Clinton students "End the Trend"



Students leaders from Clinton’s high school and middle school rolled out a campaign to educate peers on the dangers of using vape products - with a spin. Instead of focusing on how many students vape, the students decided to spotlight their peers who choose not to use substances. “We have always chosen to shine the light on the positives, to give more attention to the kids making good, healthy choices. We want there to be visible role models for students who want to remain healthy,” explained Kelley Edwards who advises the students in her role as coordinator of Clinton’s Partners in Community coalition. Here’s how the members of REACT engaged their peers and spread their messages:

 

Reach out

Before creating the campaign, members of REACT in grades eight to 12 reached out to their peers to get their take on how vaping was impacting their lives.  Students across the board were frustrated that vaping had become so prevalent in their school community, even saying that they avoided the school bathrooms because they were used by students to vape between classes. REACT members and their peers wanted to show the community that they were tired of the vaping and wanted to give an outlet to those not using. They decided on the name “End the Trend” for their campaign because they wanted to remind fellow students “not be guinea pigs to the vape industry, and to ‘end the trend’ of use,” said Edwards. “The campaign gave them a platform to say “enough!” without having to directly confront their peers.”

 

Let students take the lead

It was important to Edwards and REACT members that youth were given accurate information about the dangers of vaping, instead of the mistruths spread online. In partnership with the high- and middle schools, a group of 14 eight grade REACT members and two high school student assistants were trained on the dangers and health risks of vaping. Armed with that knowledge, teams of 8th graders developed their own lesson plans to present to their classes. “They delivered the facts in a variety of ways: Tik Toks, original videos, a Jeopardy game, a true-false game complete with paddles for every class member, a powerpoint, and an agree/disagree line up.  The students were creative based upon their interests and comfort levels!”, Edwards explained. Once the students presented their material, they would then lead the class in a conversation about vaping. These lessons were student-led, with guidance from the health teacher and coalition staff, which Edwards credits as having a major impact on students.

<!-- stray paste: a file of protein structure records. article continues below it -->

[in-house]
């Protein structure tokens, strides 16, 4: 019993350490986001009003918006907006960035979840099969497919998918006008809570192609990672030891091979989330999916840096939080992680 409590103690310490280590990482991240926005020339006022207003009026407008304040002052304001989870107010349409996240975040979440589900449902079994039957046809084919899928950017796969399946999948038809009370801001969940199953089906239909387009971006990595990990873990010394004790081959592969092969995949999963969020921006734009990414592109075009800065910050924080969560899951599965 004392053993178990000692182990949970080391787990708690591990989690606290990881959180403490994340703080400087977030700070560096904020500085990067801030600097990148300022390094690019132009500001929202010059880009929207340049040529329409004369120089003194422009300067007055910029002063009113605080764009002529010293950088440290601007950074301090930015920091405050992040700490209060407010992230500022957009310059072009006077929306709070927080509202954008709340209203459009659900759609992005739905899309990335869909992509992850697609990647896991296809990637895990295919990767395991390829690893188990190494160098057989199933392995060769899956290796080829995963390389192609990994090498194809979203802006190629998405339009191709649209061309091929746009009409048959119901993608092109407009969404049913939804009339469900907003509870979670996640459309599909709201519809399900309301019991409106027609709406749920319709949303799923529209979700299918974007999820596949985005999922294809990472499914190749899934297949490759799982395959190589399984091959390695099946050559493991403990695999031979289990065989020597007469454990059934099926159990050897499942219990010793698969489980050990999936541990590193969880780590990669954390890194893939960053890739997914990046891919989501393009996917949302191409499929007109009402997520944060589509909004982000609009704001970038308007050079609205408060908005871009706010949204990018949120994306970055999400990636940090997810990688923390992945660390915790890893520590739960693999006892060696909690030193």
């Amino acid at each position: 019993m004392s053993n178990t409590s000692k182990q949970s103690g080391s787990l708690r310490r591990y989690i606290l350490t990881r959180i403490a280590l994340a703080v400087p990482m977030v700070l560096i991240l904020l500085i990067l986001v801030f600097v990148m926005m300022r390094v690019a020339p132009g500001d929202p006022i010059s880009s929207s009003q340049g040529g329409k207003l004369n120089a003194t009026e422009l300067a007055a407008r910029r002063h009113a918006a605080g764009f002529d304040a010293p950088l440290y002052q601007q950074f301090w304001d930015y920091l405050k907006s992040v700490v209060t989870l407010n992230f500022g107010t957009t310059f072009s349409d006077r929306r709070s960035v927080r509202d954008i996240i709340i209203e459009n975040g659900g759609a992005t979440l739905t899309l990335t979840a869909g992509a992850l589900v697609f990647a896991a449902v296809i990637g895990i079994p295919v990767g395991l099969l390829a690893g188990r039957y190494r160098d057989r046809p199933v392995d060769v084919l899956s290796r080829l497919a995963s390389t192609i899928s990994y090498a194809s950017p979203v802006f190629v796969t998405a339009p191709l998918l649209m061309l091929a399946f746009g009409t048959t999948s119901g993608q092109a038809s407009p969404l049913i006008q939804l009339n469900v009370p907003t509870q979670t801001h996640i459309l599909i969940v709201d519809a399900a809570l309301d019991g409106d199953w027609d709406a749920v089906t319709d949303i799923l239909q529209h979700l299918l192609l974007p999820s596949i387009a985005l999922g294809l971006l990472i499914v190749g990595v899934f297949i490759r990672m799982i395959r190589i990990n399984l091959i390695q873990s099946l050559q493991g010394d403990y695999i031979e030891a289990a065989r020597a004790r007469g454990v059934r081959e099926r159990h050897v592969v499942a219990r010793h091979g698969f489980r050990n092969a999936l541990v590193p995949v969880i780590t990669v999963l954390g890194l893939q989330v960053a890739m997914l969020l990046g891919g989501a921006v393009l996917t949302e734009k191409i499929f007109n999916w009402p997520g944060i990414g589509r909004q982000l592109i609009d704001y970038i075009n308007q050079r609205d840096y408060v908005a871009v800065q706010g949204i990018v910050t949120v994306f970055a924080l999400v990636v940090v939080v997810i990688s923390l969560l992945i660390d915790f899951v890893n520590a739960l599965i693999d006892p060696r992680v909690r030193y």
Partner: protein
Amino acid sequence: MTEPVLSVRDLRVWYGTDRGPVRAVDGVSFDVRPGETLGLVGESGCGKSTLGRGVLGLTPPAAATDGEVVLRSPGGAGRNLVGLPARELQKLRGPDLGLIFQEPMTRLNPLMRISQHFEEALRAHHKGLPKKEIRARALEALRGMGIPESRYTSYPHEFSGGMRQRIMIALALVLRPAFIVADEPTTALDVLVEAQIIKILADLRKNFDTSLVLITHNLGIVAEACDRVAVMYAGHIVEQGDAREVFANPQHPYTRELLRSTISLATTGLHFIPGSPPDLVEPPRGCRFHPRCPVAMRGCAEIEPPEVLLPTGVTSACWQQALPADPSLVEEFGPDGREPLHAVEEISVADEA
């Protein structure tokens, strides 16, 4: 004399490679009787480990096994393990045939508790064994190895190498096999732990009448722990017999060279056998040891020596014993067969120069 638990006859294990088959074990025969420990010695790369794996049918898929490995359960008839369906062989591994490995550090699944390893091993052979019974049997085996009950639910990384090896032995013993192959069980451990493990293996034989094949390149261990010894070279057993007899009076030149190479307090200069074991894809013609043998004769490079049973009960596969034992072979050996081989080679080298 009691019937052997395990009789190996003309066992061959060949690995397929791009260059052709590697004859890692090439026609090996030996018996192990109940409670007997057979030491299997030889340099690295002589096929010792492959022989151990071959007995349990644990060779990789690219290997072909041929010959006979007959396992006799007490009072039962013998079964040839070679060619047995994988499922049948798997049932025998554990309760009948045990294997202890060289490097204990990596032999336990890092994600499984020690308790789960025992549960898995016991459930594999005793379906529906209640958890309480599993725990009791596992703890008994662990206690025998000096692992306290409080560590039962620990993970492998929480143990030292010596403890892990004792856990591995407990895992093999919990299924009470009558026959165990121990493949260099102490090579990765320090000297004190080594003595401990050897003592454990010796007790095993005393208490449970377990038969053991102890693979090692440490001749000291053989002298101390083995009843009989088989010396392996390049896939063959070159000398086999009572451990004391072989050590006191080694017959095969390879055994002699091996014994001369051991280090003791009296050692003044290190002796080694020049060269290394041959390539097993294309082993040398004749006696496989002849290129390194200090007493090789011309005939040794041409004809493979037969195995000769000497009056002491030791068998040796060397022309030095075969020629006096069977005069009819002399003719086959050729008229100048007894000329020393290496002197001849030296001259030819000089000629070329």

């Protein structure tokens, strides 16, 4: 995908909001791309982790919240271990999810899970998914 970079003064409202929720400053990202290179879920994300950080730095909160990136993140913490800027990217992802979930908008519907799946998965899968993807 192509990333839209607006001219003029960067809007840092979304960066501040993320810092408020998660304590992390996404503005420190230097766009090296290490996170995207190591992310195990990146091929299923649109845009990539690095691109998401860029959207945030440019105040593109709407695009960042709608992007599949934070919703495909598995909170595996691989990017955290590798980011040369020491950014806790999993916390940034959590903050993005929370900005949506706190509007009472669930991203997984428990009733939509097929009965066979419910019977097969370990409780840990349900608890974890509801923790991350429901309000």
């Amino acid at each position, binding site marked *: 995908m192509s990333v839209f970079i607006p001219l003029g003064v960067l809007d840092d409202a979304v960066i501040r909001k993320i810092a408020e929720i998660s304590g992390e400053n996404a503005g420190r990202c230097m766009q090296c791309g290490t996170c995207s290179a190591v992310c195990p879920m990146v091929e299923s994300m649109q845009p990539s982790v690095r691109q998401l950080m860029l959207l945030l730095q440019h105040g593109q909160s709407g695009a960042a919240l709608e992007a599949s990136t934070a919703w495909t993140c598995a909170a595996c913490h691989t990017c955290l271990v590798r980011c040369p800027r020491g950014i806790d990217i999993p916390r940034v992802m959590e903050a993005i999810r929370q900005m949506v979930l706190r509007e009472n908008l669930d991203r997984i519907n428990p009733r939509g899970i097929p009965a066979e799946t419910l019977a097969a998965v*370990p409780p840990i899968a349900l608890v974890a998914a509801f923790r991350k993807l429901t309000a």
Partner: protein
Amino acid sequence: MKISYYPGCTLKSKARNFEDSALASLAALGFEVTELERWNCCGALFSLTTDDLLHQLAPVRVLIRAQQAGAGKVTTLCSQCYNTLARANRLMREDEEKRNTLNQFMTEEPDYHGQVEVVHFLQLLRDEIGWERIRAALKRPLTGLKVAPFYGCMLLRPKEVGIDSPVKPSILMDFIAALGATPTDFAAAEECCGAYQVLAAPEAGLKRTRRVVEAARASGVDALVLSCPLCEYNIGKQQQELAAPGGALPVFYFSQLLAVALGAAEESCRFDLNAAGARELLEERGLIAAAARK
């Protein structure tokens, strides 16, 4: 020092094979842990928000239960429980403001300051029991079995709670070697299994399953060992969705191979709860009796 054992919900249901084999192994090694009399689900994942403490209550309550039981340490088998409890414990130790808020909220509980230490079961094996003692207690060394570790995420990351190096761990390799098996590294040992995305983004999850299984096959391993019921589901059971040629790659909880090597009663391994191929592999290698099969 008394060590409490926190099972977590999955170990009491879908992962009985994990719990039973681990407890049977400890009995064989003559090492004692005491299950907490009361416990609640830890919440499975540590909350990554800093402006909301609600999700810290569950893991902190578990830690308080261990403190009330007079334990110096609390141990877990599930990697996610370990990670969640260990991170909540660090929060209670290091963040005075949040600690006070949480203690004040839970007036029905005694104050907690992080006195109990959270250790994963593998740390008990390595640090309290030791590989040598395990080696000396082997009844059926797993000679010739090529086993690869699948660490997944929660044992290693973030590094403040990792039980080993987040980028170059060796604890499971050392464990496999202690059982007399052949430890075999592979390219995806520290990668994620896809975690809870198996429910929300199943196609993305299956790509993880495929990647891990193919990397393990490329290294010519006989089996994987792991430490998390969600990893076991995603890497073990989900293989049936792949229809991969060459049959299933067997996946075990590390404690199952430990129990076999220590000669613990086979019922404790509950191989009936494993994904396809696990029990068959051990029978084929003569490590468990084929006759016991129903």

Be bold!

The End the Trend campaign was colorful and bold and it got the attention of students by featuring their peers as role models. REACT members worked hard to spread the message inside their schools and beyond. They wore bright t-shirts with the slogan and decorated bulletin boards and bathroom stalls to keep the campaign visible during school. They also came up with unique ideas for handing out freebies with their message imprinted, like raffling off t-shirts to students who completed a four-question survey. They also passed out lip balms with a quit vaping hotline number on them, as well as stickers and The message didn’t stop inside the walls of the school; they shared their message in town with a billboard on Route 1. The most important statement the campaign made, however, was by featuring students who choose not to use substances as role models. Their honesty and bravery had an impact on their peers and gave many the courage to stand up and say “enough”!

 

Interested in replicating this initiative? Check out more of the students’ End the Trend campaign on Facebook or reach out to Kelley Edwards (kedwards@clintonct.org)